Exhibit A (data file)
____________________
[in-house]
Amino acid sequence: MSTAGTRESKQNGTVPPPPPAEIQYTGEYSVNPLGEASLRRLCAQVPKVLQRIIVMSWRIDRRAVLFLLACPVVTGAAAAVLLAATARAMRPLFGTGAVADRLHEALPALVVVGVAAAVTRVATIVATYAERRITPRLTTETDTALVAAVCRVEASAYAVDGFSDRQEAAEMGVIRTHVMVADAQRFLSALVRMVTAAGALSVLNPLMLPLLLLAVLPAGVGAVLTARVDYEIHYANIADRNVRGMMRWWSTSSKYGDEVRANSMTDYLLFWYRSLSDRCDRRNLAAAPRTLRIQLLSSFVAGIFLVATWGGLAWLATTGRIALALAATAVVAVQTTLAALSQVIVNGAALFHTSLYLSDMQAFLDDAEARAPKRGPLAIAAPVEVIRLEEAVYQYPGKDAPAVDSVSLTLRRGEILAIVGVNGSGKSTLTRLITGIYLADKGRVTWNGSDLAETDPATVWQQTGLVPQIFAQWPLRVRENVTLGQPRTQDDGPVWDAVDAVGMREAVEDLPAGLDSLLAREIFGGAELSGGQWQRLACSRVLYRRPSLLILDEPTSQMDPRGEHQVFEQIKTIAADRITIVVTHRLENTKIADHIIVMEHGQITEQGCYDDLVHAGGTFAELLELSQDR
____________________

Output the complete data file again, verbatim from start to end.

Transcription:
[in-house]
Amino acid sequence: MSTAGTRESKQNGTVPPPPPAEIQYTGEYSVNPLGEASLRRLCAQVPKVLQRIIVMSWRIDRRAVLFLLACPVVTGAAAAVLLAATARAMRPLFGTGAVADRLHEALPALVVVGVAAAVTRVATIVATYAERRITPRLTTETDTALVAAVCRVEASAYAVDGFSDRQEAAEMGVIRTHVMVADAQRFLSALVRMVTAAGALSVLNPLMLPLLLLAVLPAGVGAVLTARVDYEIHYANIADRNVRGMMRWWSTSSKYGDEVRANSMTDYLLFWYRSLSDRCDRRNLAAAPRTLRIQLLSSFVAGIFLVATWGGLAWLATTGRIALALAATAVVAVQTTLAALSQVIVNGAALFHTSLYLSDMQAFLDDAEARAPKRGPLAIAAPVEVIRLEEAVYQYPGKDAPAVDSVSLTLRRGEILAIVGVNGSGKSTLTRLITGIYLADKGRVTWNGSDLAETDPATVWQQTGLVPQIFAQWPLRVRENVTLGQPRTQDDGPVWDAVDAVGMREAVEDLPAGLDSLLAREIFGGAELSGGQWQRLACSRVLYRRPSLLILDEPTSQMDPRGEHQVFEQIKTIAADRITIVVTHRLENTKIADHIIVMEHGQITEQGCYDDLVHAGGTFAELLELSQDR